According to Accenture Analysis, the 10 top AI applications include using for robot-assisted surgery, helping virtual nursing assistants, assisting in administrative workflow, detecting fraud, detecting and reducing dosage errors, use for connected machines, identifying clinical trial participants, providing preliminary diagnoses, for automated image diagnosis, and for cybersecurity.

By using AI powered mobile apps, patients can report symptoms and receive either a referral to a service or self-care advice. An increasing number of apps can also be connected to bluetooth enabled health devices.

There have been estimates that Social Determinants of Health can account for 70-90% of total health outcomes, which makes it imperative to identify social support structures, community resources along with other variables that can affect health outcomes.

The long march towards value-based care is having problems and today a significant percentage of revenues for healthcare providers are still attributable to fee-for-service. Healthcare providers and other industry leaders are still facing significant challenges with value-based care adoption, but provider incentives and market consolidation are expected to help accelerate the transition.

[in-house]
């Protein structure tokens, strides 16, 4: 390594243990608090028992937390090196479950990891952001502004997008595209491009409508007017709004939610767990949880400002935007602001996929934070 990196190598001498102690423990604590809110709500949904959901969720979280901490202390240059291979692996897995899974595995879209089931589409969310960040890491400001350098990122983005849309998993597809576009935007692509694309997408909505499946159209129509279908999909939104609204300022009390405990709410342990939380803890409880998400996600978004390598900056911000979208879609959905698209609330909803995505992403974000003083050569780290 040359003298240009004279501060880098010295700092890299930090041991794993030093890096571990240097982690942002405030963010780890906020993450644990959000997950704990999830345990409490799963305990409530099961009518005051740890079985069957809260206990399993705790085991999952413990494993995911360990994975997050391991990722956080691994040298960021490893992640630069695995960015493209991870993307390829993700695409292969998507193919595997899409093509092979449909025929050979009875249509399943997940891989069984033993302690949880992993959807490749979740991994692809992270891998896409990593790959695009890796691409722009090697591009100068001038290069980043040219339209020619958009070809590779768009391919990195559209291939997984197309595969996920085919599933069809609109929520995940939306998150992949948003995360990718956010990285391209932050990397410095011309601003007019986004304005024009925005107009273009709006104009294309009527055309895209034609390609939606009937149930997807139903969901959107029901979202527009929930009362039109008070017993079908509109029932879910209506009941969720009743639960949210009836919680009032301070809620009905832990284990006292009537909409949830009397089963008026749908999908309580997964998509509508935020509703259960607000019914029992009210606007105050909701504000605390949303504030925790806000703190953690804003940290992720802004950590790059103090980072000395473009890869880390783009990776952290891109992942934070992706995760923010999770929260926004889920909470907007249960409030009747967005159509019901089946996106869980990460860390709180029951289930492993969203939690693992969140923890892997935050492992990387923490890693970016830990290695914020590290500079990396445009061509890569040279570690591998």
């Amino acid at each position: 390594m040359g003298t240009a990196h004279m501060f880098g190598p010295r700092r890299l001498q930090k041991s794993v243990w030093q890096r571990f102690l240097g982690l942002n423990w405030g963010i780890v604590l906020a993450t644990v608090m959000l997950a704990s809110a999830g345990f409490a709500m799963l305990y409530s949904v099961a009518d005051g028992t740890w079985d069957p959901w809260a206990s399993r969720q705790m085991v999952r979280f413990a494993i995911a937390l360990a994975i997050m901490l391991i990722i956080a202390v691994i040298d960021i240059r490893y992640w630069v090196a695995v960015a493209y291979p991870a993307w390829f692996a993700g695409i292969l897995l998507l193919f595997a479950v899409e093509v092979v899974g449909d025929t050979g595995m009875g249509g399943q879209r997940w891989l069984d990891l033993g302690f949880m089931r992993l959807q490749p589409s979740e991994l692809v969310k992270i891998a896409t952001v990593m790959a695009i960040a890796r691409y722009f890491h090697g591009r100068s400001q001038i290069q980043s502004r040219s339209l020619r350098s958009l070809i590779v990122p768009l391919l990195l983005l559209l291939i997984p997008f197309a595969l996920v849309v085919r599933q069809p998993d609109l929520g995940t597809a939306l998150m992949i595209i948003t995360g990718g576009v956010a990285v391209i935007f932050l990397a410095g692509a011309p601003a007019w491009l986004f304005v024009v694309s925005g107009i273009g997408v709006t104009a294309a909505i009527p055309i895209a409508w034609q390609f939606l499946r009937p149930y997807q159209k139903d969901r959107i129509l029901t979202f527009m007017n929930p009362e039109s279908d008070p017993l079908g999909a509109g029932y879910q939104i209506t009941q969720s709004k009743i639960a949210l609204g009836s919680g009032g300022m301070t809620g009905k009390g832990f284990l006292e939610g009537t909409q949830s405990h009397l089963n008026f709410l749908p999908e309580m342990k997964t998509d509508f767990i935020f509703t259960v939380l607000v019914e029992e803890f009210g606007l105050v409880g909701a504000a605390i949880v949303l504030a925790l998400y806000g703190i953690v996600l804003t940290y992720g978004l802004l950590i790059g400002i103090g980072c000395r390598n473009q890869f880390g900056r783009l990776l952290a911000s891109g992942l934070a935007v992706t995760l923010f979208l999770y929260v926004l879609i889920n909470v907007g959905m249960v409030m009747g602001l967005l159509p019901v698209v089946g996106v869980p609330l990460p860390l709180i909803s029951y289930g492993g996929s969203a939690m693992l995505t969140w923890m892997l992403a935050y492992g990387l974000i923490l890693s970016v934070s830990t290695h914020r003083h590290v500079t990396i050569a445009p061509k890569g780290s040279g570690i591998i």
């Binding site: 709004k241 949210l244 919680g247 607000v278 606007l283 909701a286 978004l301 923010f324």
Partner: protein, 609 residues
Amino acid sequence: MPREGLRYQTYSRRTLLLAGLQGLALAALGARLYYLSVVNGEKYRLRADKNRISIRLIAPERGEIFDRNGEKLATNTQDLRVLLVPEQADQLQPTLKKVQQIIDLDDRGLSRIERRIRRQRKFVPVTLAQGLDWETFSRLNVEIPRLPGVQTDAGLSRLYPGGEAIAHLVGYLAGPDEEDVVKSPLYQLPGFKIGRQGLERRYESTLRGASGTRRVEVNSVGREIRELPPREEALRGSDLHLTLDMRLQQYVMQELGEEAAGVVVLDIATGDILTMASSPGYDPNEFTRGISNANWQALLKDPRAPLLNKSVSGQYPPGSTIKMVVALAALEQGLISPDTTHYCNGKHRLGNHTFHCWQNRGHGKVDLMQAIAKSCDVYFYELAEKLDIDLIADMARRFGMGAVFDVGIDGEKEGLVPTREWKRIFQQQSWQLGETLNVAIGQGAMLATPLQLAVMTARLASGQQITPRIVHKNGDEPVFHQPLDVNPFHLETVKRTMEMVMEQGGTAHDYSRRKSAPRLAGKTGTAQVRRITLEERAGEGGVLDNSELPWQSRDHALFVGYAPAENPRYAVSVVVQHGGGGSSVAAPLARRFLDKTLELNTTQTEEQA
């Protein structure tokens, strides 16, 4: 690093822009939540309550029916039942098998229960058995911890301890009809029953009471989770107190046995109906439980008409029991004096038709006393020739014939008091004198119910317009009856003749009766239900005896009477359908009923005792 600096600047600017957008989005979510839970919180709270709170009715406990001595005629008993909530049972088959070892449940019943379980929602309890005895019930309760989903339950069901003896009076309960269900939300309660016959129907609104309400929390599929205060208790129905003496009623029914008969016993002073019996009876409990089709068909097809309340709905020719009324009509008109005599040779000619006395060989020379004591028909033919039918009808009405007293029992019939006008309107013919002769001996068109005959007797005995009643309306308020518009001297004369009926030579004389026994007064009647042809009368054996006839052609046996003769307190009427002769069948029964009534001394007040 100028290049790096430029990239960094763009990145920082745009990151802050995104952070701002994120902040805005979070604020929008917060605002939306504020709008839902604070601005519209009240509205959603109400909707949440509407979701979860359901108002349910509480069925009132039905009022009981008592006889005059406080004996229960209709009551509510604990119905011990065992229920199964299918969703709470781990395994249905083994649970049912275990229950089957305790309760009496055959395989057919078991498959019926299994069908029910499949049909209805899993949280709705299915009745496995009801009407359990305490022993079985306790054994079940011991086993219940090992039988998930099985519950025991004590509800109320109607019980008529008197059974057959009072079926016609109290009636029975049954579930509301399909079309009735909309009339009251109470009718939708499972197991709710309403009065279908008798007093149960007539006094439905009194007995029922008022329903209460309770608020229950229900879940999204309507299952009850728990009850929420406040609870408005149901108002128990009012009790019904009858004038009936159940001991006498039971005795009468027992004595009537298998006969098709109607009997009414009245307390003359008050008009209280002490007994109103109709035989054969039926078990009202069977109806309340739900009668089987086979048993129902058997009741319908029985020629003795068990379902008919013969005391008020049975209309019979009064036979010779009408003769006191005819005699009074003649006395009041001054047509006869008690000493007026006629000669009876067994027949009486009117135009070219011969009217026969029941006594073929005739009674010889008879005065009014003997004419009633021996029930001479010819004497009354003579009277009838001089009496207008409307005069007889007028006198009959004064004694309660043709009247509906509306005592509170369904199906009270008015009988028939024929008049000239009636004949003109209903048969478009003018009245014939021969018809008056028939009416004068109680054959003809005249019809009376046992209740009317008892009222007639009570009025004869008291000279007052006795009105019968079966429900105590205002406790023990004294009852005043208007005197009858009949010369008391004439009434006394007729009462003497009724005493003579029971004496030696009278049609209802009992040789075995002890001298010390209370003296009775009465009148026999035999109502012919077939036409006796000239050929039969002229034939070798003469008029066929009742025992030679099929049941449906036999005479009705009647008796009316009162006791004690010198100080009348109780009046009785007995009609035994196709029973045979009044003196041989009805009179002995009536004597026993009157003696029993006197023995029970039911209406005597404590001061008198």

Almost one-fourth of respondents picked lack of resources and staffed and insufficient healthcare IT software as the biggest barriers for a transition to a value-based system. Also, gaps in interoperability was picked by the second highest number of respondents to impact transitioning to value-based care.

Vulnerability to cyberattacks is a major issue with the increasing reliance on technology & data as compared to other industries. Medical records are more valuable to steal given the vast amounts of personal sensitive data that can be used and reused for identify fraud. It has been found that a medical record is over ten times more valuable on the black market than a credit card number. Also, the increasing amount of Internet of Things devices being used in healthcare such as pacemakers and wearable location trackers for the elderly are adding to the risk

Credit Suisse based on conversations with companies, found the use for blockchain technology in healthcare can help maintain regulatory grade data, provide better claims management, enable provider directories, and used to track drug usage.

In January 2019, Aetna/CVSHealth, launched a collaboration with PNC Bank and IBM to design a blockchain healthcare network which includes Anthem and the Health Care Service Corporation. The collaboration intends to use blockchain to promote efficient claims and for payment processing to enable secure healthcare information exchanges and o maintain current and accurate provider directories.

For a short video, go to https://cs.qumucloud.com/view/bv2Fq1AKxsn

For more information or to provide feedback, email Jailendra Singh, Research Analyst at jailendra.singh@credit-suisse.com or call 212-325-8121.